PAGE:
Emily Wilding Davison – Davison was arrested on nine occasions, commenced a hunger strike in prison, and was force-fed. One of her arrests was, famously, for hiding overnight in Parliament on the same night the 1911 census was recorded. In 1913, she was killed by King George V’s horse after walking onto the track at the Epsom Derby.
Marion Wallace Dunlop – the first suffragette to go on a hunger strike while in prison.
Flora McKinnon Drummond – given the nickname ‘the General’ for the way that she led women’s marches. Drummond was arrested nine times and a frequent speaker at demonstrations.
Mary Eleanor Gawthorpe – arrested when she interrupted Churchill’s speech in 1909. She was badly beaten while imprisoned and suffered internal injuries.
Lilian Ida Lenton – arrested for arson at the Tea House at Kew Gardens. Lenton escaped Holloway prison by dressing as an errand boy and fled to France.
Lady Constance Lytton – arrested and force-fed while on hunger strike. Lady Lytton used the alias Jane Warton in order to avoid special treatment because of her title.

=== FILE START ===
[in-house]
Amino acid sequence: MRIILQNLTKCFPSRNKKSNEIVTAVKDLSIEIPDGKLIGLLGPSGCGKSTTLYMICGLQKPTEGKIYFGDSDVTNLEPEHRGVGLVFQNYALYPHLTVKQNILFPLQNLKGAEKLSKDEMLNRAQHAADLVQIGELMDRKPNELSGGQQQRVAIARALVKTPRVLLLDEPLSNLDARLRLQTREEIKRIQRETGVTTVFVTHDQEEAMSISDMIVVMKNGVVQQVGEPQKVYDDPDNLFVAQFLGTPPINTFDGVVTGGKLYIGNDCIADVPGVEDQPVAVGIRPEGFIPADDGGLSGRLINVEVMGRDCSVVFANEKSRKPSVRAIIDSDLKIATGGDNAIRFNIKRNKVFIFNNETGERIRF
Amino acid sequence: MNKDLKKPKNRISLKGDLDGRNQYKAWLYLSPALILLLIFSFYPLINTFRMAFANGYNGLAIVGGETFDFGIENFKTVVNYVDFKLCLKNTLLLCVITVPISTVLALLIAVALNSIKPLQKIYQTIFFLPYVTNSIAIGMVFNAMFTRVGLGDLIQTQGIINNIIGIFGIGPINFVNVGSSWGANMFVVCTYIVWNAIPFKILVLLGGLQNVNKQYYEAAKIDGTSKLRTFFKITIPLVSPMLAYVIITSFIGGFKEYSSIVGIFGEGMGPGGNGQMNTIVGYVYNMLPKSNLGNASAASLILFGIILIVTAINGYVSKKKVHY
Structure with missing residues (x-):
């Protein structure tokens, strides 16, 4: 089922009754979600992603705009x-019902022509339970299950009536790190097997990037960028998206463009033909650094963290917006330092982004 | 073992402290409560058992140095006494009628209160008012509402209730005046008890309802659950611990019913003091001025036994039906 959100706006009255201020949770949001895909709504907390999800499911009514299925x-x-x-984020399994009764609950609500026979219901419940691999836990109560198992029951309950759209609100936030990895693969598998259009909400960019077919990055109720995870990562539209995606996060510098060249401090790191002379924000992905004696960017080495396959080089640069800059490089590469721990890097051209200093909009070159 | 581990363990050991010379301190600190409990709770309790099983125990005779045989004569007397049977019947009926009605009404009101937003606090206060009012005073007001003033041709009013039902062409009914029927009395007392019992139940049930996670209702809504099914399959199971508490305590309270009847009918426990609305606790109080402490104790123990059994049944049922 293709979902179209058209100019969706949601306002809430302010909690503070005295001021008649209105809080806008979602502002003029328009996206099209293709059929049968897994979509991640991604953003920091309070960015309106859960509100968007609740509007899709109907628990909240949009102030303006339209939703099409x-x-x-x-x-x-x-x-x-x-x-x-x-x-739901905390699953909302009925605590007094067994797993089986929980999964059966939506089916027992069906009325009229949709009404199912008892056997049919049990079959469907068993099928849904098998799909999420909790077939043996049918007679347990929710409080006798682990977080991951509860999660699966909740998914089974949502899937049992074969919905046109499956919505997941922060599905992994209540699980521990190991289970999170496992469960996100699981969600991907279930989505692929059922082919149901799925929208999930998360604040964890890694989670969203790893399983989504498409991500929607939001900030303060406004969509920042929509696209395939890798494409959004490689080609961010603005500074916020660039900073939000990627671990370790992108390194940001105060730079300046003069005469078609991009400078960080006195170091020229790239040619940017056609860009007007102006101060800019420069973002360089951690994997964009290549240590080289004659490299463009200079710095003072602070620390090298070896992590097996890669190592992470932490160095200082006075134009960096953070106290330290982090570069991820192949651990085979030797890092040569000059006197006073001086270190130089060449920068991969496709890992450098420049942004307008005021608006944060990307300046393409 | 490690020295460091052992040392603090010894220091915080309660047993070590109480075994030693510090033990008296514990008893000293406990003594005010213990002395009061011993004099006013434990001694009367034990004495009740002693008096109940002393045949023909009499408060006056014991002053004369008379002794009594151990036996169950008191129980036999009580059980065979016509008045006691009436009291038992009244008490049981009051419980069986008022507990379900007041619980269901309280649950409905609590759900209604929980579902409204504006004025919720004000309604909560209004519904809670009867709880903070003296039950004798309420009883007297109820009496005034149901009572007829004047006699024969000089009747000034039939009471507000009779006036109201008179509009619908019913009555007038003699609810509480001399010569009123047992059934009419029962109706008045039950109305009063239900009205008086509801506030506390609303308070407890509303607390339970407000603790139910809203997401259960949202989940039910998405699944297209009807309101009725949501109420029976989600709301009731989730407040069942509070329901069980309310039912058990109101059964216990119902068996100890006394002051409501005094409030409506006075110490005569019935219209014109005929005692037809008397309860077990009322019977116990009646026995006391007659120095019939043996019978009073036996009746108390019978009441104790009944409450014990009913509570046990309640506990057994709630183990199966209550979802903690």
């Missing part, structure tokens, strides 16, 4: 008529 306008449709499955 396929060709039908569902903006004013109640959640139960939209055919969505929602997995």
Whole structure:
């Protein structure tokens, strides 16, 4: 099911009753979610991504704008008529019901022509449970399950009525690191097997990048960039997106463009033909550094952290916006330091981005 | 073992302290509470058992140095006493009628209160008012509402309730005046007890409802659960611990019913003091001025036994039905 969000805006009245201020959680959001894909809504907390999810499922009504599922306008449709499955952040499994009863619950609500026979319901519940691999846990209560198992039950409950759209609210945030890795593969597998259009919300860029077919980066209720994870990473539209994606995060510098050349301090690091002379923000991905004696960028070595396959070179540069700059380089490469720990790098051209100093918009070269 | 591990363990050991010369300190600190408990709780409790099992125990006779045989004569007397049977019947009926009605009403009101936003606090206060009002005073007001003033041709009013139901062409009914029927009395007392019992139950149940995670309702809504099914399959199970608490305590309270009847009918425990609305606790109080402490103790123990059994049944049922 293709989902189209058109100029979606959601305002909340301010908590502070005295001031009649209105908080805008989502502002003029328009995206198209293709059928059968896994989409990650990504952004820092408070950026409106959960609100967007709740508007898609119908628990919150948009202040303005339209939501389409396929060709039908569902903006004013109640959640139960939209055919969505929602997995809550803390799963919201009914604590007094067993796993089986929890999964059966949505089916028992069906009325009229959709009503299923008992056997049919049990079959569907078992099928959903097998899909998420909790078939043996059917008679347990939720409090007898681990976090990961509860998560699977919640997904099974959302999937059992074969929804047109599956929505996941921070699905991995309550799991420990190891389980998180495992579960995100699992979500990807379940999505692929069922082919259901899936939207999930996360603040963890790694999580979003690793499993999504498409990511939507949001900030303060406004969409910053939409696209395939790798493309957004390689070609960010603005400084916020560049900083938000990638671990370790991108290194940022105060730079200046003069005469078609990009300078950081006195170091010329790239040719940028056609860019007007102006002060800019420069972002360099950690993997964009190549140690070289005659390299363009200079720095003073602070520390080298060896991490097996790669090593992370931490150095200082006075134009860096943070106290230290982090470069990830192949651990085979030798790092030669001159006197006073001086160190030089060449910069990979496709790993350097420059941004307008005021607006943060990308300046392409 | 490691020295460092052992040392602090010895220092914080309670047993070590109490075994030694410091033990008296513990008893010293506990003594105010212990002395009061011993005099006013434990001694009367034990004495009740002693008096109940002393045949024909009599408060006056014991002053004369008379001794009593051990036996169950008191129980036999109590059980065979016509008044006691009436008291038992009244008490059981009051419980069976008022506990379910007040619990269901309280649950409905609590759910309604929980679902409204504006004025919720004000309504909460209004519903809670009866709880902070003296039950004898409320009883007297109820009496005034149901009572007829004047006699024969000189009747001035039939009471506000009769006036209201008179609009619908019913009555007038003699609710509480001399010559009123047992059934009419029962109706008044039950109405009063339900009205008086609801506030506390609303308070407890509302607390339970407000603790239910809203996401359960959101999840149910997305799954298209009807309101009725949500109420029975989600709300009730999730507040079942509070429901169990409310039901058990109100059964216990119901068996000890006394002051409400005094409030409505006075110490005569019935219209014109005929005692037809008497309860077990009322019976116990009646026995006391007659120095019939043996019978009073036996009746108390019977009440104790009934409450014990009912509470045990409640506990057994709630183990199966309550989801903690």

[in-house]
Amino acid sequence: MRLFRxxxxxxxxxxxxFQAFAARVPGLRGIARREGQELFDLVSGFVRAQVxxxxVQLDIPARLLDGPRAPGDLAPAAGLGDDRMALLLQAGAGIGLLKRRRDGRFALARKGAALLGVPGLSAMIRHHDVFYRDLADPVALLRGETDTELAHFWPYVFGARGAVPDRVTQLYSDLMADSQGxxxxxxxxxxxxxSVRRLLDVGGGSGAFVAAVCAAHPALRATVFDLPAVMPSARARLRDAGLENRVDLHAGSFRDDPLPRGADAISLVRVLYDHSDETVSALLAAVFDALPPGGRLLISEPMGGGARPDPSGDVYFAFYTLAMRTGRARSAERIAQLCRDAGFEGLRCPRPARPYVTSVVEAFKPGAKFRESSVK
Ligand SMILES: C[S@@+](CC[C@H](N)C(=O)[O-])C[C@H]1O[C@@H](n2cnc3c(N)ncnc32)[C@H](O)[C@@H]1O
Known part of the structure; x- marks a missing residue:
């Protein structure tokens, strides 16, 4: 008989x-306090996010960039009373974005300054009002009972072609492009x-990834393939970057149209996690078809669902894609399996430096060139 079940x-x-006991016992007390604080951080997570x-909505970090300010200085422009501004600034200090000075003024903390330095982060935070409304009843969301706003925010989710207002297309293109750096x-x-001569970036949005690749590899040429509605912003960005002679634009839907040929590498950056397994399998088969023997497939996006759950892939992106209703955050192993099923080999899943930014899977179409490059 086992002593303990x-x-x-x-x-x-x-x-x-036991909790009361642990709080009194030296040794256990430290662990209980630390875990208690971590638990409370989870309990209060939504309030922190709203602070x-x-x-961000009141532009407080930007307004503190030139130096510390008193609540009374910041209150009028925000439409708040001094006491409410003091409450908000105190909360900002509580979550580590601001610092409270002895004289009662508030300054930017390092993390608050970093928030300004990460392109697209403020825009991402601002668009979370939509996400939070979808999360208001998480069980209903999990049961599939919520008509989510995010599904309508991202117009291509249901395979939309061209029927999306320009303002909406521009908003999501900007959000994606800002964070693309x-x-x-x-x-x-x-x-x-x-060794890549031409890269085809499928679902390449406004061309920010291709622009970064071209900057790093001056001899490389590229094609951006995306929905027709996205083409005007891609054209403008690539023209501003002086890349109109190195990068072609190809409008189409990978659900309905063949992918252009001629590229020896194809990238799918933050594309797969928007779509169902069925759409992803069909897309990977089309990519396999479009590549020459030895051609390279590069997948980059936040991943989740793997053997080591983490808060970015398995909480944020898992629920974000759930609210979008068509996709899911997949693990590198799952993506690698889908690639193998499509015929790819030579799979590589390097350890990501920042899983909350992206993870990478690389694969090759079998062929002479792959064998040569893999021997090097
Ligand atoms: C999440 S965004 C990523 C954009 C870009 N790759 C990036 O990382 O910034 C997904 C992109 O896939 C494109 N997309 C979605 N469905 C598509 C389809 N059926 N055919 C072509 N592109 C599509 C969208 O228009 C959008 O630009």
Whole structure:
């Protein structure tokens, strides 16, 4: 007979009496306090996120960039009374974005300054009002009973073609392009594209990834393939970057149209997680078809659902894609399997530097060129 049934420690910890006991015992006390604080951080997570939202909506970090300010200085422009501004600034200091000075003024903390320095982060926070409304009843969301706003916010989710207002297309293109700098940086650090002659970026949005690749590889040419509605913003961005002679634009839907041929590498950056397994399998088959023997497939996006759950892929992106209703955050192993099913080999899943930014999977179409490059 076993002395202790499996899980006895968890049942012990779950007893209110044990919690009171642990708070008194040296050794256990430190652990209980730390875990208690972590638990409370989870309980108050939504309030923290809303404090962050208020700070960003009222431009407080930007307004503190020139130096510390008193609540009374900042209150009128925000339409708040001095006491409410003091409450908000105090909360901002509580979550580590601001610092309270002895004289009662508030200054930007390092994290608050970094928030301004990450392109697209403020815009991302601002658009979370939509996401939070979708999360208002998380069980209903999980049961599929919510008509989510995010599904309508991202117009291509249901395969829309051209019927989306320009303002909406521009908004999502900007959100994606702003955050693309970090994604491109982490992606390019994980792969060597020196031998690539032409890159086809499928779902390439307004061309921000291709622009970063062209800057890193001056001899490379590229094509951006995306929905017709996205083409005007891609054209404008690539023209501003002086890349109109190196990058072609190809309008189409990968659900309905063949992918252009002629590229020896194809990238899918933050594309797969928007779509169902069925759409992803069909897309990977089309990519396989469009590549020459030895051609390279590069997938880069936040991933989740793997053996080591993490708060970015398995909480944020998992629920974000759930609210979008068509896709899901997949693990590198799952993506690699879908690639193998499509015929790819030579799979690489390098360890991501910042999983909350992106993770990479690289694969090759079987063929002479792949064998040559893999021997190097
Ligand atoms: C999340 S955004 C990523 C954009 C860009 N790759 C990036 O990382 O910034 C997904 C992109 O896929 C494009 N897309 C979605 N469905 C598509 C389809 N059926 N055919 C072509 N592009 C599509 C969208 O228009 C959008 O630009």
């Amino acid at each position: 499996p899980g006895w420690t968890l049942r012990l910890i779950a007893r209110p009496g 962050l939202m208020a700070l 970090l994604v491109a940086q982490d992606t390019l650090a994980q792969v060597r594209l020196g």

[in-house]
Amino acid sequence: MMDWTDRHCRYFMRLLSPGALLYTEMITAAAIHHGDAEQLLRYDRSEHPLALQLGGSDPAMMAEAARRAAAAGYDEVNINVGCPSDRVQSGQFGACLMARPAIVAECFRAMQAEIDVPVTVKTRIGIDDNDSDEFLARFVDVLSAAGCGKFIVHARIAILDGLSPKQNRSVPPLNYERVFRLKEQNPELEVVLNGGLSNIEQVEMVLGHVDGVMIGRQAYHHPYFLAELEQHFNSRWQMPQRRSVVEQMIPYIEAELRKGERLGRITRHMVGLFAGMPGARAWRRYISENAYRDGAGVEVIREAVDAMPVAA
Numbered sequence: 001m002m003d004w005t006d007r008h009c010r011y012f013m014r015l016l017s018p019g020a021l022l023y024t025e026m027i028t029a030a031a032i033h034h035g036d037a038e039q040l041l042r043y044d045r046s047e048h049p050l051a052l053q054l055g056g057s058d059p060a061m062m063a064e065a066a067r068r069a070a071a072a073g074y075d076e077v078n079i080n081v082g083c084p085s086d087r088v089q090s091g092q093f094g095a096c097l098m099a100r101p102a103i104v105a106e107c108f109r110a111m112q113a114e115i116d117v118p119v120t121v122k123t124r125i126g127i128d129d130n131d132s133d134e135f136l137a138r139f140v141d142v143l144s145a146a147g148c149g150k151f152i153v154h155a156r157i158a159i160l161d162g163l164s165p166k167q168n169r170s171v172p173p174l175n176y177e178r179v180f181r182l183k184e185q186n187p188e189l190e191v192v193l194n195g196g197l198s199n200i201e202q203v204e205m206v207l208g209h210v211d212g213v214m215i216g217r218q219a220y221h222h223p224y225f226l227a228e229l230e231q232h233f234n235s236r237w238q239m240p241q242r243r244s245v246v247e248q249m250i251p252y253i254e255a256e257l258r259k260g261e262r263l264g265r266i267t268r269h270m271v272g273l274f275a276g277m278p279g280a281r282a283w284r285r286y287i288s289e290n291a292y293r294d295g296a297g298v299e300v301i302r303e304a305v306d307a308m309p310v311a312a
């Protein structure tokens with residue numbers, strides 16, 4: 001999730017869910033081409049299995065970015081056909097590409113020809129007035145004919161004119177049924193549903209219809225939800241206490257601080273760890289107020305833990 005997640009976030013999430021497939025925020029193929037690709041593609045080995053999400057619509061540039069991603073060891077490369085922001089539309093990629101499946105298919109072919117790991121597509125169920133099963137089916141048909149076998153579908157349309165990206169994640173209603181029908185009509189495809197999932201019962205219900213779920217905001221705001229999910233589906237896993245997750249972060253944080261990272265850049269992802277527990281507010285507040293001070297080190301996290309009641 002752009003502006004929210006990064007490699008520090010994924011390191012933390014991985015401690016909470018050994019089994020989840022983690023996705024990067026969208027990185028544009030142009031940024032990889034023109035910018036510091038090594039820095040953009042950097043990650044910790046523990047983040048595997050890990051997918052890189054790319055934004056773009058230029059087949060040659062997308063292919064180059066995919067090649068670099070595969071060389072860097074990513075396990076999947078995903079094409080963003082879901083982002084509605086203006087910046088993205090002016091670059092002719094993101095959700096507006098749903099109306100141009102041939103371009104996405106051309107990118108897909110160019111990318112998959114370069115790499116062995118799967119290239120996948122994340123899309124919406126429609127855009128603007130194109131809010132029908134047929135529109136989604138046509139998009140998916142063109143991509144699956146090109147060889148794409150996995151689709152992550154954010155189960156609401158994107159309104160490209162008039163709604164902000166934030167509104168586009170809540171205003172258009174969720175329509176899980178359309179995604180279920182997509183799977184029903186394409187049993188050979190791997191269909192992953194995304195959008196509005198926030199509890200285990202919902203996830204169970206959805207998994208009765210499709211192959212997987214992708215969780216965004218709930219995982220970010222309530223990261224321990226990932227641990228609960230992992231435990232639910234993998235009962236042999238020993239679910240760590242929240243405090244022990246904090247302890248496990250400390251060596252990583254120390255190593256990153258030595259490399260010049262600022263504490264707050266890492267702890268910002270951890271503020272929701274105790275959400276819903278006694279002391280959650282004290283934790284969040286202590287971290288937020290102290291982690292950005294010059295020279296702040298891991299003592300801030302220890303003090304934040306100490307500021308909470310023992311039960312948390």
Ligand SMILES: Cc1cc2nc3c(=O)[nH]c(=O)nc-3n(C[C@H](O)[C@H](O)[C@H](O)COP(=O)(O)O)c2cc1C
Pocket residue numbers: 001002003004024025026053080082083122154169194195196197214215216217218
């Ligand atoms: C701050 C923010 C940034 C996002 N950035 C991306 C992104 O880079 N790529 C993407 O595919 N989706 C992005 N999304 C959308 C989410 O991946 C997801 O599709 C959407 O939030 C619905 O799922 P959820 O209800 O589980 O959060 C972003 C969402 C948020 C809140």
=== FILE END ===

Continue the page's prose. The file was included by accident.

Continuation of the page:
Hannah Mitchell – involved with the Women’s Social and Political Union. Her autobiography, The Hard Way Up was used by Abi Morgan, the screenwriter of the 2015 film Suffragette, as inspiration for one of the film’s working-class characters.
George Lansbury – a political and social reformer. Lansbury represented the East End of London and promoted social justice and women’s right. His name is listed among the index of suffragettes.
Below is a full list of all the series contained in this collection: AR 1/38 - Wallace Collection. Reopening of galleries closed against suffragists, Dec 1913.
AR 1/39 - Wallace Collection. Galleries close until further notice following suffragist outrage at National Gallery, March 1914.
AR 1/528 - Wallace Collection. Descriptions and photographs of 18 suffragists, 1914.
CAB 23/32/1 - Cabinet meeting minutes (Cc 64(22)), 1 Nov 1922. Agenda point: 4. Claims by women's associations - proposed extension of female suffrage.